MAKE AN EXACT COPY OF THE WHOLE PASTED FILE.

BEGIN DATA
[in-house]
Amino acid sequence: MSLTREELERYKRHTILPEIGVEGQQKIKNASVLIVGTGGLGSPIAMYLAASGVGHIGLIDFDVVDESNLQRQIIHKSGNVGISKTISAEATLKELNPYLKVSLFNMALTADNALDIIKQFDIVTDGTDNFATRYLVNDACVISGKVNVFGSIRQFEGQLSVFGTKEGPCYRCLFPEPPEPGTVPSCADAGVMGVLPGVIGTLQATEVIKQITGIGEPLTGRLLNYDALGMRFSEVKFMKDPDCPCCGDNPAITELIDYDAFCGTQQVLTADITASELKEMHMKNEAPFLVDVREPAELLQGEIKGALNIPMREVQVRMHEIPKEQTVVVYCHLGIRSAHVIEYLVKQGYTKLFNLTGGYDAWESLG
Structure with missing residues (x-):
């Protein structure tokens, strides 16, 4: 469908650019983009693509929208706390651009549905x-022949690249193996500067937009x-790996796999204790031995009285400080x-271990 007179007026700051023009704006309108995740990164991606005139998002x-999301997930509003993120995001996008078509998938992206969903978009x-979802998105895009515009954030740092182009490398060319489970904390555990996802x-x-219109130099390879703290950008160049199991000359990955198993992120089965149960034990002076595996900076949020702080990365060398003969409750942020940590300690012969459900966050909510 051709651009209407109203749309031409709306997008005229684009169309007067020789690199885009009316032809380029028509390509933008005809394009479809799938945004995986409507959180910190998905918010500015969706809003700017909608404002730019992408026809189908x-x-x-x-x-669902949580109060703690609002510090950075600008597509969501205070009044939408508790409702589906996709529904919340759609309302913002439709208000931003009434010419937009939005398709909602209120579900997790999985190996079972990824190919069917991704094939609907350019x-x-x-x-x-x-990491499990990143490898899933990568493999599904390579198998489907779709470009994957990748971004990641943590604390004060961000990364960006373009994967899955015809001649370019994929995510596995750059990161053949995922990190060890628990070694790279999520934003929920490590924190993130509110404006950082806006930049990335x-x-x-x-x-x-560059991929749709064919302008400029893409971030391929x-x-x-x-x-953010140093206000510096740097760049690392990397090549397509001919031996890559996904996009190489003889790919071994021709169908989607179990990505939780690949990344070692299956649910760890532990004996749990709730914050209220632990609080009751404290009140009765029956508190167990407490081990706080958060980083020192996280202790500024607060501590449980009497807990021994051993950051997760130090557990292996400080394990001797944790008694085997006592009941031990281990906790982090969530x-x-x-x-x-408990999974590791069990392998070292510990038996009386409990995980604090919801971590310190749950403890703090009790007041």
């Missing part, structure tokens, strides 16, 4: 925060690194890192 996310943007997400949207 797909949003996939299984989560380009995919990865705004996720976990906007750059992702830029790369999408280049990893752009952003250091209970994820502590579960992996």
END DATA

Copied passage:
[in-house]
Amino acid sequence: MSLTREELERYKRHTILPEIGVEGQQKIKNASVLIVGTGGLGSPIAMYLAASGVGHIGLIDFDVVDESNLQRQIIHKSGNVGISKTISAEATLKELNPYLKVSLFNMALTADNALDIIKQFDIVTDGTDNFATRYLVNDACVISGKVNVFGSIRQFEGQLSVFGTKEGPCYRCLFPEPPEPGTVPSCADAGVMGVLPGVIGTLQATEVIKQITGIGEPLTGRLLNYDALGMRFSEVKFMKDPDCPCCGDNPAITELIDYDAFCGTQQVLTADITASELKEMHMKNEAPFLVDVREPAELLQGEIKGALNIPMREVQVRMHEIPKEQTVVVYCHLGIRSAHVIEYLVKQGYTKLFNLTGGYDAWESLG
Structure with missing residues (x-):
């Protein structure tokens, strides 16, 4: 469908650019983009693509929208706390651009549905x-022949690249193996500067937009x-790996796999204790031995009285400080x-271990 007179007026700051023009704006309108995740990164991606005139998002x-999301997930509003993120995001996008078509998938992206969903978009x-979802998105895009515009954030740092182009490398060319489970904390555990996802x-x-219109130099390879703290950008160049199991000359990955198993992120089965149960034990002076595996900076949020702080990365060398003969409750942020940590300690012969459900966050909510 051709651009209407109203749309031409709306997008005229684009169309007067020789690199885009009316032809380029028509390509933008005809394009479809799938945004995986409507959180910190998905918010500015969706809003700017909608404002730019992408026809189908x-x-x-x-x-669902949580109060703690609002510090950075600008597509969501205070009044939408508790409702589906996709529904919340759609309302913002439709208000931003009434010419937009939005398709909602209120579900997790999985190996079972990824190919069917991704094939609907350019x-x-x-x-x-x-990491499990990143490898899933990568493999599904390579198998489907779709470009994957990748971004990641943590604390004060961000990364960006373009994967899955015809001649370019994929995510596995750059990161053949995922990190060890628990070694790279999520934003929920490590924190993130509110404006950082806006930049990335x-x-x-x-x-x-560059991929749709064919302008400029893409971030391929x-x-x-x-x-953010140093206000510096740097760049690392990397090549397509001919031996890559996904996009190489003889790919071994021709169908989607179990990505939780690949990344070692299956649910760890532990004996749990709730914050209220632990609080009751404290009140009765029956508190167990407490081990706080958060980083020192996280202790500024607060501590449980009497807990021994051993950051997760130090557990292996400080394990001797944790008694085997006592009941031990281990906790982090969530x-x-x-x-x-408990999974590791069990392998070292510990038996009386409990995980604090919801971590310190749950403890703090009790007041």
């Missing part, structure tokens, strides 16, 4: 925060690194890192 996310943007997400949207 797909949003996939299984989560380009995919990865705004996720976990906007750059992702830029790369999408280049990893752009952003250091209970994820502590579960992996």